Wednesday, July 25, 2012

The Diving Bell and the Butterfly

Right now I am reading Fifty Shades Freed by E.L. James which is the third book in the Fifty Shades series. To be honest, I am SO over this series. I enjoyed the first one. It was a page turner and I read it in a few days. The second one was also worth the read up until the last 1/4 of the book. It started to get too mushy and I became bored. I am forcing myself to get through the third one. It's not THAT bad, but I am eager to get into my next book. I am learning that I am just not a trilogy or series book reader for the most past (NOT including my beloved Harry Potter series. I wish there were 15 of them). I read The Girl with the Dragon Tattoo and The Girl who Played with Fire, but I needed a break from the stories before I could read The Girl who Kicked the Hornet's Nest and it has been about a year and a half and I still haven't started the third. I am hoping to read it by the time the movie comes out, so I figure I have a few years. Also, The Hunger Games series had the same effect one me. I loved the first two, but by the time I read the third one I was simply craving another set of characters and plot line. So, while I am finishing up my current read, I thought that I would let my friend Erin share her review of a book that she enjoyed. The Diving Bell and the Butterfly by Jean-Dominique Bauby is a book that has been on my "to read" list for many years. In one of my SLP classes in undergrad, my professor told all of us to read it. I just haven't gotten around to it yet. After reading Erin's review, I am going to put it a little higher on my list.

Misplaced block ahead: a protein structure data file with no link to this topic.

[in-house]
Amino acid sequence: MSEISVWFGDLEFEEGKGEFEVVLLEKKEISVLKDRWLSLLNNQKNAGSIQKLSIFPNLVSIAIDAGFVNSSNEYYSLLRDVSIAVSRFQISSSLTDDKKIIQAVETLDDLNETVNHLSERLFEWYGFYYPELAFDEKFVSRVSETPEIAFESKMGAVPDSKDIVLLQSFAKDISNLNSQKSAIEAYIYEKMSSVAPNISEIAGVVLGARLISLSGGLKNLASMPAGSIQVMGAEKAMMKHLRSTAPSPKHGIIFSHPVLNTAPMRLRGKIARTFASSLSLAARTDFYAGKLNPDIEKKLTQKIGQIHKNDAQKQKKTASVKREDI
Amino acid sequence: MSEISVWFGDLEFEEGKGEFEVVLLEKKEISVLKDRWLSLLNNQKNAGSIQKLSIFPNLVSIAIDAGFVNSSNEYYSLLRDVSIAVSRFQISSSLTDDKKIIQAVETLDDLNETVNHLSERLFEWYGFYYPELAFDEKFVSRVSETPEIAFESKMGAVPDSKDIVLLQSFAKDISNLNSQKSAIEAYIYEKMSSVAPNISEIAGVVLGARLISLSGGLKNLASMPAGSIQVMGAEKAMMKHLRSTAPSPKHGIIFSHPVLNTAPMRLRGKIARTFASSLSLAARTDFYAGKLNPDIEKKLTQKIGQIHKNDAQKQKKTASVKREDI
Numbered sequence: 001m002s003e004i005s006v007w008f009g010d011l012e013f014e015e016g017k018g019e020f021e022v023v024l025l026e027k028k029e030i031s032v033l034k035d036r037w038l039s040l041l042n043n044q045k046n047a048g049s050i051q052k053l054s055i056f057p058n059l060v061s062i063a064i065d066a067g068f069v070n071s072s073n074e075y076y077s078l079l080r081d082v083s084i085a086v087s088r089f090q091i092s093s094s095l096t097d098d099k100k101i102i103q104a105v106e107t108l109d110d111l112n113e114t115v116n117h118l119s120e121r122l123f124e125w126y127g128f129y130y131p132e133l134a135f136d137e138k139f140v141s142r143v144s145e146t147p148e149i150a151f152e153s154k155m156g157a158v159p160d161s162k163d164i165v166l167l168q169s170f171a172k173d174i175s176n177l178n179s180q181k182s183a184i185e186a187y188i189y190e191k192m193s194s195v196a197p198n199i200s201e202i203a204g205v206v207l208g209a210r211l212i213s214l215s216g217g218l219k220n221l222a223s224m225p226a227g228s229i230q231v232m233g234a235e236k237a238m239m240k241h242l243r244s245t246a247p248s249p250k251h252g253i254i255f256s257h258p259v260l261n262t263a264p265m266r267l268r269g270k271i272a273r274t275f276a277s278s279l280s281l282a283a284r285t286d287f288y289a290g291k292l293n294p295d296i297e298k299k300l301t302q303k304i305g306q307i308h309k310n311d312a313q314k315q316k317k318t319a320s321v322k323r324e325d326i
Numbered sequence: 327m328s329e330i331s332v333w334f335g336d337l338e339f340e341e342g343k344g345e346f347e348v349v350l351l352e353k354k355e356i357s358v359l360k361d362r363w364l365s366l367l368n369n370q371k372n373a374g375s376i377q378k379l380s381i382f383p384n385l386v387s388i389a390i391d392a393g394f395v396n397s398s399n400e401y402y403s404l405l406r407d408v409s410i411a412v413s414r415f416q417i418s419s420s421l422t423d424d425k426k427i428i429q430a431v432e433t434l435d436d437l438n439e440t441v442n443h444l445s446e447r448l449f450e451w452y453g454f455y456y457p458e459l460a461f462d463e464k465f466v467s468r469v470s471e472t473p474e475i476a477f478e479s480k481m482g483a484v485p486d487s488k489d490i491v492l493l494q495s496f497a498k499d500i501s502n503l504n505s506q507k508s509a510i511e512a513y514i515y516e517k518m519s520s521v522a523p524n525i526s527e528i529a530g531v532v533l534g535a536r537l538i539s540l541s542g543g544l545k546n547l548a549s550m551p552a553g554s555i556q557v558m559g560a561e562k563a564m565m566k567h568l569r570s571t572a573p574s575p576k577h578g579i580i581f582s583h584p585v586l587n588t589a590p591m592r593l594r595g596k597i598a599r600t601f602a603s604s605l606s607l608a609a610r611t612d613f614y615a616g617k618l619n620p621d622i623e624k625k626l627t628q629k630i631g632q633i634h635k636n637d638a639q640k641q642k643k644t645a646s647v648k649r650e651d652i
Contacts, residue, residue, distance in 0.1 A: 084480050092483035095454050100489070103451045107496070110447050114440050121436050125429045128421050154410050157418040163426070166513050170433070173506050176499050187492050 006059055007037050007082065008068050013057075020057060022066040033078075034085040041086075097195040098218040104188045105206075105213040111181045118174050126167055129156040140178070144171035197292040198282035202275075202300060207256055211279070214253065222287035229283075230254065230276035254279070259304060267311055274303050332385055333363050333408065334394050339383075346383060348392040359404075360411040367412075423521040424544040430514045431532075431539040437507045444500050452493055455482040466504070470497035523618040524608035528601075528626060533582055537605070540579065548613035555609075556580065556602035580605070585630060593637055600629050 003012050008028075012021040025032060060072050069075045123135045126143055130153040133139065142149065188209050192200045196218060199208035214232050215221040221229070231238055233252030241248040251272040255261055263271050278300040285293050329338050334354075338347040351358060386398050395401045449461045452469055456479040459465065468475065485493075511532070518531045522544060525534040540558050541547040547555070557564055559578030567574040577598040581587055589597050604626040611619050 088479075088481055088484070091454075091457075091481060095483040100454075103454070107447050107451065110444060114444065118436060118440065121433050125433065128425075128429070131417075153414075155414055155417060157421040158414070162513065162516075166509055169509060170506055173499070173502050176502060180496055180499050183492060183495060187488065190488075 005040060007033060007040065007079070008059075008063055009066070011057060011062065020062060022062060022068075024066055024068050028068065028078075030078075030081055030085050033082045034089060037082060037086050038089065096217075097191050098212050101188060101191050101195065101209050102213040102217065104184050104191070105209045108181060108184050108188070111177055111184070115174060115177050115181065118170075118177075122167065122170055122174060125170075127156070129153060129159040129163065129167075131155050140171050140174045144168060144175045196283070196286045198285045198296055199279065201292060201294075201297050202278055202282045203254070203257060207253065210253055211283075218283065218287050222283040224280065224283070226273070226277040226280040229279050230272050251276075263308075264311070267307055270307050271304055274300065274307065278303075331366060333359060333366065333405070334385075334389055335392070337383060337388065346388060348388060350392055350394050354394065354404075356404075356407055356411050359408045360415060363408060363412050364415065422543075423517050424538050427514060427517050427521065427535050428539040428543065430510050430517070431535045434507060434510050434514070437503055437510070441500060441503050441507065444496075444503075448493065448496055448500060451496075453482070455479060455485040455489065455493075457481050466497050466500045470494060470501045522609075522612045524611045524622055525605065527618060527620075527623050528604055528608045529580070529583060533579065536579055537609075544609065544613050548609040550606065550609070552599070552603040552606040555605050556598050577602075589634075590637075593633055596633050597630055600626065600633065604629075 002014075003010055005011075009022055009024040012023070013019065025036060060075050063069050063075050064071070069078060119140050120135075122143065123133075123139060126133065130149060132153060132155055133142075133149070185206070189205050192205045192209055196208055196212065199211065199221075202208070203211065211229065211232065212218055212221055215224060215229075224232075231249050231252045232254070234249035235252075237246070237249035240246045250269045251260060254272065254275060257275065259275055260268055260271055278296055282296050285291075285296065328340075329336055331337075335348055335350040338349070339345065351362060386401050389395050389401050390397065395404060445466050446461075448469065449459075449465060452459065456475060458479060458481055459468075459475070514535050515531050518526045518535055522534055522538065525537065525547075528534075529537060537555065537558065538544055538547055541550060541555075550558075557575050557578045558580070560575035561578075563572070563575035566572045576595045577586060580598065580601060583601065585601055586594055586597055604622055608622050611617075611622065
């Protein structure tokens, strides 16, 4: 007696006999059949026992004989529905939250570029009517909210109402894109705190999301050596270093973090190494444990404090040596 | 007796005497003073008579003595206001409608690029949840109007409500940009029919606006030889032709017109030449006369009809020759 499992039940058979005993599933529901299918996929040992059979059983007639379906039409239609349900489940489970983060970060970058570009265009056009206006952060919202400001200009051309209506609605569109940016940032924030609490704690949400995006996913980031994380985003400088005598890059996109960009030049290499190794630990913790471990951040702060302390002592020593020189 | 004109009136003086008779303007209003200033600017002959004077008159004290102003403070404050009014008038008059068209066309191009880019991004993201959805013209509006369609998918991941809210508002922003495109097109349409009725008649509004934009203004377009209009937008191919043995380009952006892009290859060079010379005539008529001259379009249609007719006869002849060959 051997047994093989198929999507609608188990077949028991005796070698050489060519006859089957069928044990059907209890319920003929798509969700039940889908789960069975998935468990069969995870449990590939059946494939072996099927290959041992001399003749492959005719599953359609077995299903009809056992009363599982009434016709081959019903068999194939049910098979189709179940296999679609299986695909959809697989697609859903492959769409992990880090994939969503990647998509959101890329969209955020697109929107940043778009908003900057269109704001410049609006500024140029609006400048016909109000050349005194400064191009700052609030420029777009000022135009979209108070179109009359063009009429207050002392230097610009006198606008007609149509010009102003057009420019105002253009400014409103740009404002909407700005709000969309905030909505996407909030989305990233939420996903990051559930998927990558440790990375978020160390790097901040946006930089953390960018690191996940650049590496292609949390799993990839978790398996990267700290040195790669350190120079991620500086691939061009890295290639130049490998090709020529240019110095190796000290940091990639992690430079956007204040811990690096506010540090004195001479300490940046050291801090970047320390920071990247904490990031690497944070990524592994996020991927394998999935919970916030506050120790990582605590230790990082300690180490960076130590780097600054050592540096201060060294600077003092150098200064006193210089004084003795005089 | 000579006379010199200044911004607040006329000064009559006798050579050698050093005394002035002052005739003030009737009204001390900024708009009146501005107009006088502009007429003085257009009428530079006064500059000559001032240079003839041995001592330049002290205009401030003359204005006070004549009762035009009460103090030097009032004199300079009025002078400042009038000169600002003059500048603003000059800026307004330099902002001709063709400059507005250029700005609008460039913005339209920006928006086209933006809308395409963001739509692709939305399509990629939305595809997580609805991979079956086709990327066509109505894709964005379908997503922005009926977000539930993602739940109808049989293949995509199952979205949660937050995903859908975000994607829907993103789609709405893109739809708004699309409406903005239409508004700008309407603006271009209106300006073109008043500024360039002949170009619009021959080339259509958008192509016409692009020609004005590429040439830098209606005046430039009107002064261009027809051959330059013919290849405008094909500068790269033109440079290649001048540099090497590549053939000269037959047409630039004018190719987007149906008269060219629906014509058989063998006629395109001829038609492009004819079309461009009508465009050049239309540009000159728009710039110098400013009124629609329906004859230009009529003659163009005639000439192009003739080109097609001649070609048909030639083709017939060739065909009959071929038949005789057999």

Review by Erin Andreani
The Diving Bell and The Butterfly
Anyone who can parallel his “last moments as a functioning earthling” with Beatles lyrics is genius. 
This is the all-too-true story is authored by a man with locked-in syndrome... all written by blinking his left eye at an alphabet board. Now, yes, I am a speech-language pathologist (and yes, I DID enjoy the chapter titled ‘Guardian Angel’, referring to his speech therapist), but this is an incredible book that should be read by the masses. It should be on high school reading lists, it should be discussed in college literature courses. The implications of your mind surviving what your body does not are just incredible. I recommend this to ... everyone.

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